Can North Carolina Make Christianity Its Official Religion?

North Carolina legislators recently made an ill-fated attempt to introduce Christianity as the state’s official religion. The move was precipitated by an ACLU lawsuit against the Rowan County Board of Commissioners, a board notorious for allowing people to utter Jesus’s name in prayers at their meetings. The establishment proposal generated a predictably breathless response from the left. WaPo’s Alexandra Petri sarcastically wrote, “The North Carolina state legislature can totally establish a state religion. The Founders specifically said so in Article III, in the part where the letters “EXCEPT NORTH CAROLINA CAN DO WHAT IT WANTS” appear in bold flashing letters.”

I certainly do not expect a history lesson on church-state separation and the establishment clause from Petri, a humor columnist, but she offers one nonetheless, and nowhere mentions the fact that the First Amendment, as originally written and interpreted, unequivocally gave the states the right to maintain their establishments of religion, which most of them had going back into the colonial period. “Congress shall make no law respecting an establishment of religion,” the amendment said, meaning that the national government would create no national denomination (unlike what Mother Britain had in the Church of England, which was also the established church of the southern colonies).

As I discussed in God of Liberty, many states started phasing out state-supported denominations after the Revolution and Constitution, but the New England states (minus Rhode Island, which never had an established church) kept theirs. In Massachusetts, the Congregationalist Church remained established until 1833, when the growth of Unitarians, Methodists, Baptists, and other groups made the establishment untenable. But it was not “unconstitutional” in today’s sense.

In Thomas Jefferson’s famous “wall of separation” letter in 1802, he was sympathizing with Connecticut evangelical Baptists who wished that their state would drop its establishment. He commended the First Amendment as building a “wall of separation between church and state” on the national level, and hoped to see the “progress of those sentiments” in the states, as well. Jefferson, the deistic skeptic, and his evangelical Baptists admirers were delighted when Connecticut dropped its establishment in 1818.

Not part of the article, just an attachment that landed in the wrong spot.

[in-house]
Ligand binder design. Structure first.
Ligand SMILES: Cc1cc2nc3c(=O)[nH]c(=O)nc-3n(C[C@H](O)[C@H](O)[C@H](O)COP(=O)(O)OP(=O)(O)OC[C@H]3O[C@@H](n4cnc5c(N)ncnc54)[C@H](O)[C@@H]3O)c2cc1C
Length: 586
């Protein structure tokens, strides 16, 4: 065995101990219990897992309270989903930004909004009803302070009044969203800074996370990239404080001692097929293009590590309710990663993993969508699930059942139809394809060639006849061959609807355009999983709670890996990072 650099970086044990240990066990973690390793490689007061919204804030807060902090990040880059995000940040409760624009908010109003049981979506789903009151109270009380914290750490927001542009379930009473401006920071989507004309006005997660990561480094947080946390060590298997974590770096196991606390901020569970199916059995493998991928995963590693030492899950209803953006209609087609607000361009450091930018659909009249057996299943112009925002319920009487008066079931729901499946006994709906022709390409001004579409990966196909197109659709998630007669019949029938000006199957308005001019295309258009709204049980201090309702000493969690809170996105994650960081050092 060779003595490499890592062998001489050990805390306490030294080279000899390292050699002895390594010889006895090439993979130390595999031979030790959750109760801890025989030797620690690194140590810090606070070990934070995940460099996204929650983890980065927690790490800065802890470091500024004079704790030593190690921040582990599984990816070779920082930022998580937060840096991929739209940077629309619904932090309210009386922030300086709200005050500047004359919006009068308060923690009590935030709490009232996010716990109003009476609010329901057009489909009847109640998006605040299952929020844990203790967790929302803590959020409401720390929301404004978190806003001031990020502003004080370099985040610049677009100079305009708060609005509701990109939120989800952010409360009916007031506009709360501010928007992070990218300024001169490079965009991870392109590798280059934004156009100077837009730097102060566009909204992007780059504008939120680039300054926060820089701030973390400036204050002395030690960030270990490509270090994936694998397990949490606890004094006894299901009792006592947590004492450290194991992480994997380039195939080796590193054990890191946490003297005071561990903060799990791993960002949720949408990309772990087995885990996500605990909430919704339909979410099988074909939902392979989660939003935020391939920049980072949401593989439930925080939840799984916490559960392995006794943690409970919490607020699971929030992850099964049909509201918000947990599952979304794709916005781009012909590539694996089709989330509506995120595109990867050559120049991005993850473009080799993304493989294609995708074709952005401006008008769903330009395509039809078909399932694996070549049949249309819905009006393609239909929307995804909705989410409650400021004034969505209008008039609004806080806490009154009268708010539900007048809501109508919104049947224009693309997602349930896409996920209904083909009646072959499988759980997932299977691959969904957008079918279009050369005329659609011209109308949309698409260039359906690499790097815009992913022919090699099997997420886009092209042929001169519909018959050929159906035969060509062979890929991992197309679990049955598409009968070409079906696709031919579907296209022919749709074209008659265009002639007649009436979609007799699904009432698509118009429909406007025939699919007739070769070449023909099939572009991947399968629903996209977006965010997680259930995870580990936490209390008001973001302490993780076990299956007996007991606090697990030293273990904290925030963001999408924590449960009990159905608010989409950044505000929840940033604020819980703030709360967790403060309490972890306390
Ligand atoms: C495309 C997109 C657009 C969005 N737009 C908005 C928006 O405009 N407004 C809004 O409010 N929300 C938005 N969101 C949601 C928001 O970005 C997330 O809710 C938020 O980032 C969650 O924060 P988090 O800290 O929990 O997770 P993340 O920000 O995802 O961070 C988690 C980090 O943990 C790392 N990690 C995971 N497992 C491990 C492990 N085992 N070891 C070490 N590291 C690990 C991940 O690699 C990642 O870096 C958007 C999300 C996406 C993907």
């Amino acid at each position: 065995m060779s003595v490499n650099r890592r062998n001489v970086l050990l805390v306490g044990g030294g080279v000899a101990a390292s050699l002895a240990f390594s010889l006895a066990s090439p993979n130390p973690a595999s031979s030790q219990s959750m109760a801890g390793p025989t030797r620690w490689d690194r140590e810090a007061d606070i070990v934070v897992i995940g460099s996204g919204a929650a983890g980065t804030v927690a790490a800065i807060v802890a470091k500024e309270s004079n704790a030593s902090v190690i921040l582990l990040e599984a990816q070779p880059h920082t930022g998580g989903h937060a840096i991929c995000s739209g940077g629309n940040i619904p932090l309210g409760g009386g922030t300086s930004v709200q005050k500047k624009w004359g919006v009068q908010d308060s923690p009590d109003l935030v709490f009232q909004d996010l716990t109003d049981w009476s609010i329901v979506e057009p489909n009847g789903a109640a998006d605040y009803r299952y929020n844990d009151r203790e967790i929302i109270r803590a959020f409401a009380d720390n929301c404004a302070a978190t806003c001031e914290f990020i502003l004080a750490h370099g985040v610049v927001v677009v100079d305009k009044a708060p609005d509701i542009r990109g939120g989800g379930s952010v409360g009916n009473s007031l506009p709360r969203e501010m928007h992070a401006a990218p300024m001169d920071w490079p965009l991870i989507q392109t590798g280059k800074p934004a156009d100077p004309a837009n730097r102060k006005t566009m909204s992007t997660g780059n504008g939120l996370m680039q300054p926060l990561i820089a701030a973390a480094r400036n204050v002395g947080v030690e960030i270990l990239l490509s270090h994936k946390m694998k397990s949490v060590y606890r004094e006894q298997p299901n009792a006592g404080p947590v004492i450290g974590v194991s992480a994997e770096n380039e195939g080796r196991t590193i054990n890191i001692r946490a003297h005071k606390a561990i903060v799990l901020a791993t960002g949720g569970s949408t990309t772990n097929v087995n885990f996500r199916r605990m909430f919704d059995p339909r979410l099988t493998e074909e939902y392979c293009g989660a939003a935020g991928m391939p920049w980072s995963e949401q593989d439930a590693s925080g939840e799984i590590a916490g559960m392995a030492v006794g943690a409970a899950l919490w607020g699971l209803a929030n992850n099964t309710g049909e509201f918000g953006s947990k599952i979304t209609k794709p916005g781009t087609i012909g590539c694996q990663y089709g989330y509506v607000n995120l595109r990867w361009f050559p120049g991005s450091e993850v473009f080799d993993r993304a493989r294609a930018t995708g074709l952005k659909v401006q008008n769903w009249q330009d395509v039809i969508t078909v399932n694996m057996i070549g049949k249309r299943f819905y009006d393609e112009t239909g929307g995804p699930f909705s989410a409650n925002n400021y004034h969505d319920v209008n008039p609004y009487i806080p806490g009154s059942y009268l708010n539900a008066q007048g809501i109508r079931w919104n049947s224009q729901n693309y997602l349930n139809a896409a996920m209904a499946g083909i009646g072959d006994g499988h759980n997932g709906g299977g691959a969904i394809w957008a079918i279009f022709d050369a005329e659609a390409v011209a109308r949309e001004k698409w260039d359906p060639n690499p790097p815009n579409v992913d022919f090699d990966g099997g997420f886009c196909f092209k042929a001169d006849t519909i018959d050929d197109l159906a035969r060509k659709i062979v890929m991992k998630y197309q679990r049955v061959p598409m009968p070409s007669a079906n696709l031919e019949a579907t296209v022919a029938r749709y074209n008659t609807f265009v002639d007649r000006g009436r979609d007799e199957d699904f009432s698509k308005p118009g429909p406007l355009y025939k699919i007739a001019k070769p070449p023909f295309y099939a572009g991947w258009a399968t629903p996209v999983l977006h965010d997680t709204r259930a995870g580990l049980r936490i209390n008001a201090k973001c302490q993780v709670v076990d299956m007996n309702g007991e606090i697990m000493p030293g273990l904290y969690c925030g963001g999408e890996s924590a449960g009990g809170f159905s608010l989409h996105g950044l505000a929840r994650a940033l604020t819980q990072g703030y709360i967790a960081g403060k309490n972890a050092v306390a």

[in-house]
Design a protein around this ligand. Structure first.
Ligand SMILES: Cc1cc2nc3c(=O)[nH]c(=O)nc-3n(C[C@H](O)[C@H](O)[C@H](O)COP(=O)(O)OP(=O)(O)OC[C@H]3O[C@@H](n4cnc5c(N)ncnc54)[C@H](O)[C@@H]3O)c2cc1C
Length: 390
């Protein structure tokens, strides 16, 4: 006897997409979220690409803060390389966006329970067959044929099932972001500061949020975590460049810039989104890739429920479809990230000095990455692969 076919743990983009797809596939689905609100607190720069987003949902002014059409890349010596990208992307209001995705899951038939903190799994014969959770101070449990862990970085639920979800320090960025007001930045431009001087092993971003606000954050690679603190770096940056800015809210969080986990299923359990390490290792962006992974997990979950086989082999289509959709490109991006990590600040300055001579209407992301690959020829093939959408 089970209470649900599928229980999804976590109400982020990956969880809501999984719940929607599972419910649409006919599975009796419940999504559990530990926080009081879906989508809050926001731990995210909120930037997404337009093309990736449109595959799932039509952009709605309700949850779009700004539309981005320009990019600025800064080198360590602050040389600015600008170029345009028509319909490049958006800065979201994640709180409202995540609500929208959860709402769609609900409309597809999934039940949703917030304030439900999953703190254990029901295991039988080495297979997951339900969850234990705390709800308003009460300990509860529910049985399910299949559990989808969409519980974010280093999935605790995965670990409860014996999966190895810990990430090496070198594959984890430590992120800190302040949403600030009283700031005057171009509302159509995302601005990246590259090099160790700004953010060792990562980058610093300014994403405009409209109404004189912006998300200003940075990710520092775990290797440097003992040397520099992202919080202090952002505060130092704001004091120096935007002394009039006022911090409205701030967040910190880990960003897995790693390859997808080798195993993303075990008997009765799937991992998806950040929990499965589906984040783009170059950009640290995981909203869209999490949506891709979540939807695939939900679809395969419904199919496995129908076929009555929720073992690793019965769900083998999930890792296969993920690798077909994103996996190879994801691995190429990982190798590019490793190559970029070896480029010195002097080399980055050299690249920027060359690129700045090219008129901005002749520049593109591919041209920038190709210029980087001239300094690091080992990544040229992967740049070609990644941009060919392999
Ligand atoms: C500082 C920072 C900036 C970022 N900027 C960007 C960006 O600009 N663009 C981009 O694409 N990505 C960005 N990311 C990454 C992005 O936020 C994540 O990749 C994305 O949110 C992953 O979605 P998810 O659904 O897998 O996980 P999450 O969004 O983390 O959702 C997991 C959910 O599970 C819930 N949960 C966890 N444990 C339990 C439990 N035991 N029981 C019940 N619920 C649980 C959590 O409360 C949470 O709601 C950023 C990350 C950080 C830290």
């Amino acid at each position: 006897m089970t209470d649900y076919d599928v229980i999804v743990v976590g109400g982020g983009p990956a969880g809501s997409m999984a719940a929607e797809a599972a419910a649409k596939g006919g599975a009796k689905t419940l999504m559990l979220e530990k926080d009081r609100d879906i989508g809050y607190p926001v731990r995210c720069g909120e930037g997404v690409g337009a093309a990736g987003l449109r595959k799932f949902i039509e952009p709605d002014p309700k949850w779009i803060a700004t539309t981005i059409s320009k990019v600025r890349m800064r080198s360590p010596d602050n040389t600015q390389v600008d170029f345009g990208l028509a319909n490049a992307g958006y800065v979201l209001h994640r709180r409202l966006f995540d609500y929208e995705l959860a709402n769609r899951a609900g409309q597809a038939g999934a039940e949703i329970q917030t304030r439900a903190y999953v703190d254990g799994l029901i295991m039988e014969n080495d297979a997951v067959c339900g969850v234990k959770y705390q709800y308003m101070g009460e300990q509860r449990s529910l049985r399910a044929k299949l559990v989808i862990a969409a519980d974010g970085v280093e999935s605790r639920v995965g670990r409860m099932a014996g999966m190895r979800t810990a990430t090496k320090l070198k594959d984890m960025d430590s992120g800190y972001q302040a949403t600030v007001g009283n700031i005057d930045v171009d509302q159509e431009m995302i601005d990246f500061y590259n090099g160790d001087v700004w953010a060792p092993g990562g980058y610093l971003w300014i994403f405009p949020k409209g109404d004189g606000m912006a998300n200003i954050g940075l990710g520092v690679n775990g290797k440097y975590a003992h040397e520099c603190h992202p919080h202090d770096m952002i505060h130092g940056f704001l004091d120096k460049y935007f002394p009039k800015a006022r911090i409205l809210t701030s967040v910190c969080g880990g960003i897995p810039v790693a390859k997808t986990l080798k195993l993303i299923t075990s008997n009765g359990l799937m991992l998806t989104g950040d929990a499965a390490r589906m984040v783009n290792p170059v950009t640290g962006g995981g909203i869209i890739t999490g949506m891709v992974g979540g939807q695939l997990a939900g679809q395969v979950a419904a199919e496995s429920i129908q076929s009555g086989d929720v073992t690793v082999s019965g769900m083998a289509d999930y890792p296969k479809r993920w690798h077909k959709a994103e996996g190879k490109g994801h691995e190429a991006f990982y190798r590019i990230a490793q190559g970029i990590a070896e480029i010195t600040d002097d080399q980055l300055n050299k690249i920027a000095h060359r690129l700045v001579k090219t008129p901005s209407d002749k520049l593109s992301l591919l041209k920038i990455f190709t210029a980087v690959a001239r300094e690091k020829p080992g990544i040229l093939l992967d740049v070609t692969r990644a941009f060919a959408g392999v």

So state establishments of religion – not just saying ‘Jesus’ in public prayers, mind you, but taxpayer-funded denominations – remained constitutional well after the adoption of the First Amendment. So when did they become unconstitutional? Some observers have pointed to the 14th Amendment as a key turning point, because that amendment required the states to guarantee citizens due process and equal protection of the laws. This is partly true, but the application of the 14th Amendment to the establishment clause (technically, the “incorporation” of the clause against the states) did not begin until eight decades after the passage of the 14th Amendment, in the case of Everson v. Board of Education (1947), in which Justice Hugo Black used an expansive reading Jefferson’s wall of separation metaphor as the definitive interpretation of establishment clause for both the national government, and the states. (Never mind that Jefferson was not involved with the framing of the Constitution or the First Amendment.)

For the record, I categorically oppose creating state establishments of religion, because we should be worrying about maximizing religious liberty rather than re-creating establishments. Actual establishments of religion (i.e. state churches), as Jefferson’s Baptist friends knew, are usually not great at protecting religious freedom. But there is a serious historical argument behind the idea that the First Amendment, at least prior to 1947, would allow state establishments of religion.

Of course, no one in North Carolina’s debate is talking about tax funds going to pay pastors’ salaries. The real issue there is whether uttering Jesus’s name in a public meeting represents an establishment of religion. As I have written previously, saying Jesus’s name at county council meetings may be bad religious manners, and an injudicious or even politically cheap use of the Lord’s name. But the framers of the First Amendment never could have imagined that one day secularists would argue that saying Jesus’s name in a public setting should be banned by the establishment clause.

  • http://lincolnmullen.com Lincoln Mullen